22. 22. Jendrzejewski J, He H, Radomska HS, Li W, Tomsic J, et al. (2012) The polymorphism rs944289 predisposes to papillary thyroid carcinoma through a large intergenic noncoding RNA gene of tumor suppressor type. Proceedings of the National Academy of Sciences 109: 8646–8651.
  23. 23. Palin K, Taipale J, Ukkonen E (2006) Locating potential enhancer elements by comparative genomics using the EEL software. Nat Protocols 1: 368–374.
  24. 24. Wingender E, Chen X, Hehl R, Karas H, Liebich I, et al. (2000) TRANSFAC: an integrated system for gene expression regulation. Nucleic Acids Research 28: 316–319.
  25. 25. Lupski JR, Belmont JW, Boerwinkle E, Gibbs RA (2011) Clan Genomics and the Complex Architecture of Human Disease. Cell 147: 32–43.
  26. 26. Wiseman SM, Loree TR, Hicks WL Jr, Rigual NR, Winston JS, et al. (2003) Anaplastic thyroid cancer evolved from papillary carcinoma: demonstration of anaplastic transformation by means of the inter-simple sequence repeat polymerase chain reaction. Arch Otolaryngol Head Neck Surg 129: 96–100.
  27. 27. Hunt JL, Tometsko M, LiVolsi VA, Swalsky P, Finkelstein SD, et al. (2003) Molecular evidence of anaplastic transformation in coexisting well-differentiated and anaplastic carcinomas of the thyroid. Am J Surg Pathol 27: 1559–1564.
  28. 28. Ford D, Easton DF, Stratton M, Narod S, Goldgar D, et al. (1998) Genetic Heterogeneity and Penetrance Analysis of the BRCA1 and BRCA2 Genes in Breast Cancer Families. American journal of human genetics 62: 676–689.
  29. 29. Smith A, Moran A, Boyd MC, Bulman M, Shenton A, et al. (2007) Phenocopies in BRCA1 and BRCA2 families: evidence for modifier genes and implications for screening. Journal of Medical Genetics 44: 10–15.
  30. 30. Bodmer W, Bonilla C (2008) Common and rare variants in multifactorial susceptibility to common diseases. Nature Genet 40: 695–701.
  31. 31. Bodmer W, Tomlinson I (2010) Rare genetic variants and the risk of cancer. Current Opinion in Genetics & Development 20: 262–267.
  32. 32. Schork NJ, Murray SS, Frazer KA, Topol EJ (2009) Common vs. rare allele hypotheses for complex diseases. Curr Opin Genet Dev 19: 212–219.
  33. 33. Pritchard JK (2001) Are rare variants responsible for susceptibility to complex diseases? Am J Hum Genet 69: 124–137.
  34. 34. Cirulli ET, Goldstein DB (2010) Uncovering the roles of rare variants in common disease through whole-genome sequencing. Nat Rev Genet 11: 415–425.
  35. 35. Carvajal-Carmona LG (2010) Challenges in the identification and use of rare disease-associated predisposition variants. Curr Opin Genet Dev 20: 277–281.
  36. 36. McClellan J, King M-C (2010) Genetic Heterogeneity in Human Disease. Cell 141: 210–217.
  37. 37. Jarinova O, Ekker M (2012) Regulatory variations in the era of next-generation sequencing: Implications for clinical molecular diagnostics. Human Mutation 33: 1021–1030.
  38. 38. Knight JC (2005) Regulatory polymorphisms underlying complex disease traits. Journal of Molecular Medicine 83: 97–109.
  39. 39. Maston GA, Evans SK, Green MR (2006) Transcriptional Regulatory Elements in the Human Genome. Annual Review of Genomics and Human Genetics 7: 29–59.
  40. 40. Epstein DJ (2009) Cis-regulatory mutations in human disease. Briefings in Functional Genomics & Proteomics 8: 310–316.
  41. 41. Wasserman NF, Aneas I, Nobrega MA (2010) An 8q24 gene desert variant associated with prostate cancer risk confers differential in vivo activity to a MYC enhancer. Genome Research 20: 1191–1197.
  42. 42. Zhang X, Cowper-Sal·l R, Bailey SD, Moore JH, Lupien M (2012) Integrative functional genomics identifies an enhancer looping to the SOX9 gene disrupted by the 17q24.3 prostate cancer risk locus. Genome Research 22: 1437–1446.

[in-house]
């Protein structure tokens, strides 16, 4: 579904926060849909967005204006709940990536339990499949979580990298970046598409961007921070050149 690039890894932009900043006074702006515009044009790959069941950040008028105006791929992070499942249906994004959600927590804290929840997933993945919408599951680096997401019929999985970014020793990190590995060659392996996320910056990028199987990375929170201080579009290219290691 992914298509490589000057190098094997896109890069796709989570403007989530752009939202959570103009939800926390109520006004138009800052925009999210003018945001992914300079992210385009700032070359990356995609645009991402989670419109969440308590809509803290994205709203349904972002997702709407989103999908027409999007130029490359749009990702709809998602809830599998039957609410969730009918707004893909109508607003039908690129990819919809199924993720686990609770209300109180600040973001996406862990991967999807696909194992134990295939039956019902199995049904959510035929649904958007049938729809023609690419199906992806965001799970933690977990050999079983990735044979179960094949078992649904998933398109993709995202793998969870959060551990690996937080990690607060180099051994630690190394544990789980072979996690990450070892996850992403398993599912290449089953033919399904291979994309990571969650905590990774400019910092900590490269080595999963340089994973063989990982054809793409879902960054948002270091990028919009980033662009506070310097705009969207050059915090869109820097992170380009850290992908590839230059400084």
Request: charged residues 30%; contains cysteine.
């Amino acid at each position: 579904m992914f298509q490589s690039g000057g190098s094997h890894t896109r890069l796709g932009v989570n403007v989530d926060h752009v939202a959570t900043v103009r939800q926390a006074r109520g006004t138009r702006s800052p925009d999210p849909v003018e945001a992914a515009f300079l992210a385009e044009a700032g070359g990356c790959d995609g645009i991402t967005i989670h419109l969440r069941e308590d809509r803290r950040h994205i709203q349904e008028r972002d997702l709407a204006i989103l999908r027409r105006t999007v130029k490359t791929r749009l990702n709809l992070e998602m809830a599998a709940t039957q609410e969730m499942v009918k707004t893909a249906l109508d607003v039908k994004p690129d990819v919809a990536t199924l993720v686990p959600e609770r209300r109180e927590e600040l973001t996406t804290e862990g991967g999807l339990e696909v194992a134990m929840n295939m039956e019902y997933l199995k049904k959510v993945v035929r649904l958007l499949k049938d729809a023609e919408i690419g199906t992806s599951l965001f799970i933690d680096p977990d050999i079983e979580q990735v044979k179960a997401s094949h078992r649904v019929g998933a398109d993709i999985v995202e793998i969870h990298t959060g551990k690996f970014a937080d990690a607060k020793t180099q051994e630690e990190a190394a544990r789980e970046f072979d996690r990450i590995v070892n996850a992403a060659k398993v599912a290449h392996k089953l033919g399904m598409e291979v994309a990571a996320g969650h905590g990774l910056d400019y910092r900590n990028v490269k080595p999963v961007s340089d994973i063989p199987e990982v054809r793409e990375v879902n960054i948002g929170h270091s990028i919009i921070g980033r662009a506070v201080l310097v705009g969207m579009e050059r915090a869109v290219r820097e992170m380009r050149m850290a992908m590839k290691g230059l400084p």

43. 43. Schodel J, Bardella C, Sciesielski LK, Brown JM, Pugh CW, et al. (2012) Common genetic variants at the 11q13.3 renal cancer susceptibility locus influence binding of HIF to an enhancer of cyclin D1 expression. Nat Genet 44: 420–425.
  44. 44. Pomerantz MM, Ahmadiyeh N, Jia L, Herman P, Verzi MP, et al. (2009) The 8q24 cancer risk variant rs6983267 shows long-range interaction with MYC in colorectal cancer. Nat Genet 41: 882–884.
  45. 45. Gruber SB (2007) Genetic variation in 8q24 associated with risk of colorectal cancer. Cancer Biol Ther 6: 1143–1147.
  46. 46. Meyer KB, Maia A-T, O'Reilly M, Ghoussaini M, Prathalingam R, et al. (2011) A Functional Variant at a Prostate Cancer Predisposition Locus at 8q24 Is Associated with PVT1 Expression. PLoS Genet 7: e1002165.
  47. 47. Glinskii AB, Ma S, Ma J, Grant D, Lim C-U, et al. (2011) Networks of intergenic long-range enhancers and snpRNAs drive castration-resistant phenotype of prostate cancer and contribute to pathogenesis of multiple common human disorders. Cell Cycle 10: 3571–3597.
  48. 48. Tuupanen S, Yan J, Turunen M, Gylfe AE, Kaasinen E, et al. (2012) Characterization of the colorectal cancer–associated enhancer MYC-335 at 8q24: the role of rs67491583. Cancer Genet 205: 25–33.
  49. 49. Sotelo J (2010) Long-range enhancers on 8q24 regulate c-Myc. Proc Natl Acad Sci USA 107: 3001–3005.
  50. 50. Kleinjan DA, van Heyningen V (2005) Long-Range Control of Gene Expression: Emerging Mechanisms and Disruption in Disease. The American Journal of Human Genetics 76: 8–32.
  51. 51. Akhtar-Zaidi B, Cowper-Sal·l R, Corradin O, Saiakhova A, Bartels CF, et al. (2012) Epigenomic Enhancer Profiling Defines a Signature of Colon Cancer. Science 336: 736–739.
  52. 52. Clark ME, Mellon PL (1995) The POU homeodomain transcription factor Oct-1 is essential for activity of the gonadotropin-releasing hormone neuron-specific enhancer. Molecular and Cellular Biology 15: 6169–6177.
  53. 53. Bingle CD, Gowan S (1996) Oct-1 interacts with conserved motifs in the human thyroid transcription factor 1 gene minimal promoter. Biochem J 319: 669–674.
  54. 54. Noordermeer D, de Wit E, Klous P, van de Werken H, Simonis M, et al. (2011) Variegated gene expression caused by cell-specific long-range DNA interactions. Nat Cell Biol 13: 944–951.
  55. 55. Im H, Grass JA, Johnson KD, Boyer ME, Wu J, et al. (2004) Measurement of protein-DNA interactions in vivo by chromatin immunoprecipitation. Methods Mol Biol 284: 129–146.